In the first such clinical trial in the United States, physician-scientists with the University of Maryland School of Medicine (UMSOM) are investigating the use of MRI-guided focused ultrasound to open the blood-brain barrier. The trial will be conducted with patients undergoing brain cancer surgery at the University of Maryland Medical Center (UMMC).
The blood-brain barrier is a specialized network of vascular and brain cells that acts as the brain's security system, helping to safeguard the brain and regulate the flow of substances into and out of it. While this network protects the brain, it also limits doctors' ability to deliver effective doses of disease-fighting drugs to the brain, particularly in the case of brain tumors, which are notoriously treatment-resistant. This safety and feasibility study is a first step in attempting to overcome a major hurdle in treating these often-deadly cancers.
"The ability to temporarily disrupt the blood-brain barrier without causing tissue damage has the potential to dramatically alter the landscape of drug delivery to the brain for many diseases," says the principal investigator, Graeme F. Woodworth, MD, professor of neurosurgery at UMSOM and director of the Brain Tumor Treatment and Research Center at the University of Maryland Marlene and Stewart Greenebaum Comprehensive Cancer Center (UMGCCC) at UMMC.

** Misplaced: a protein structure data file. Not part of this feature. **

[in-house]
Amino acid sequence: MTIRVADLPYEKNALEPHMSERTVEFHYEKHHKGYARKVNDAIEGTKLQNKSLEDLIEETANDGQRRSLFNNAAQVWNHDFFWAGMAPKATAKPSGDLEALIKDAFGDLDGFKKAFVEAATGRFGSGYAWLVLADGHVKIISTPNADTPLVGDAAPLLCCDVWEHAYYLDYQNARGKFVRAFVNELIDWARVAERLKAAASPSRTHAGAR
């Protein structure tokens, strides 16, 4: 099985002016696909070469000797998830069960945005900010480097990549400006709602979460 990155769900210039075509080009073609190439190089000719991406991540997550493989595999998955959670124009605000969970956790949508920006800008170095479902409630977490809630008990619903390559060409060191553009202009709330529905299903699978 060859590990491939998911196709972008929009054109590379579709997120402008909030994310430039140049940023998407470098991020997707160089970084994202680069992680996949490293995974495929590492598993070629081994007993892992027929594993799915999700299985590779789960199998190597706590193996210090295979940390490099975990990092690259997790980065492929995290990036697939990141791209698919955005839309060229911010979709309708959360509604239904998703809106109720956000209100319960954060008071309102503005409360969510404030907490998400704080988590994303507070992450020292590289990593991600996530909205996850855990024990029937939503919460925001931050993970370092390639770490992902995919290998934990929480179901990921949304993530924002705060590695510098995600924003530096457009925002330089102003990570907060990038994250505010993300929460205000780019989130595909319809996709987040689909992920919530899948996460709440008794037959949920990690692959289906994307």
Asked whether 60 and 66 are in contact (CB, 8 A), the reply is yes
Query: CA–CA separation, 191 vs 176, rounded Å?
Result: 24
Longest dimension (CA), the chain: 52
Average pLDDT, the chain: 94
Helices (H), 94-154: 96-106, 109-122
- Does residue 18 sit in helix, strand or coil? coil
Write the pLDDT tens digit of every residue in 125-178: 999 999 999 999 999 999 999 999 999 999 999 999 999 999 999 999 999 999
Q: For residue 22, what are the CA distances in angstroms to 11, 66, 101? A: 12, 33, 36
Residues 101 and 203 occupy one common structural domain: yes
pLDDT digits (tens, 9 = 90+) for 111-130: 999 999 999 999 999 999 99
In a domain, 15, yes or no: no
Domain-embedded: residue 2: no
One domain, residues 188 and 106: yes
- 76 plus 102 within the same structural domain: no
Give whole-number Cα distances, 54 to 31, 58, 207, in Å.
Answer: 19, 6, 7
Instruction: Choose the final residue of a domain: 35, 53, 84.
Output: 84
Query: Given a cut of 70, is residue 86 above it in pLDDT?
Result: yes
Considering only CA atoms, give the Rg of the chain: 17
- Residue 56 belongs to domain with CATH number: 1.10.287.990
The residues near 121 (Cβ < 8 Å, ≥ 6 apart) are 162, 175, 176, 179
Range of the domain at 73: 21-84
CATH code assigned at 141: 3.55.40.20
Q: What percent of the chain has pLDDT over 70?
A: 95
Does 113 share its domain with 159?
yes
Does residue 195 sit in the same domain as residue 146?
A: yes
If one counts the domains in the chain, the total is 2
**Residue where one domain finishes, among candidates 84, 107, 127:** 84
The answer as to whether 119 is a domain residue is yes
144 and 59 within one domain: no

"If successful, this approach would allow us to use chemotherapy and other therapies in the brain in ways that are currently not possible," says Dr. Woodworth, noting that 98 percent of currently approved drugs don't enter the brain because of the blood-brain barrier. "If we can selectively open the blood-brain barrier, then in the future we could give a much lower dose of powerful drugs, which would likely reduce toxic side effects and make treatments safer and more effective for patients."
The process involves injecting microscopic inert gas-filled bubbles into a patient's bloodstream and then oscillating the microbubbles (causing them to move back and forth) with highly targeted sound waves, stretching the blood vessel walls to create temporary openings.
The U.S. Food and Drug Administration (FDA) approved the clinical trial in October 2017 after a lengthy review process. Although there are similar research studies in Canada and other countries, this was the first time the FDA approved a clinical study using this promising technology and approach.
Within a few months, University of Maryland researchers expect to open another FDA-approved clinical trial in which newly diagnosed glioblastoma patients will undergo blood-brain barrier opening prior to treatment with standard chemotherapy, temozolomide. This new ultrasound-augmented approach would target the areas where tumor recurrence would be most likely to occur.
Nearly 80,000 people are diagnosed with a primary brain tumor each year; 26,000 of these tumors are malignant. Glioblastoma is the most common type of brain cancer and the most deadly. Patients live an average of 15 months after diagnosis; the average five-year survival is only 5.5 percent.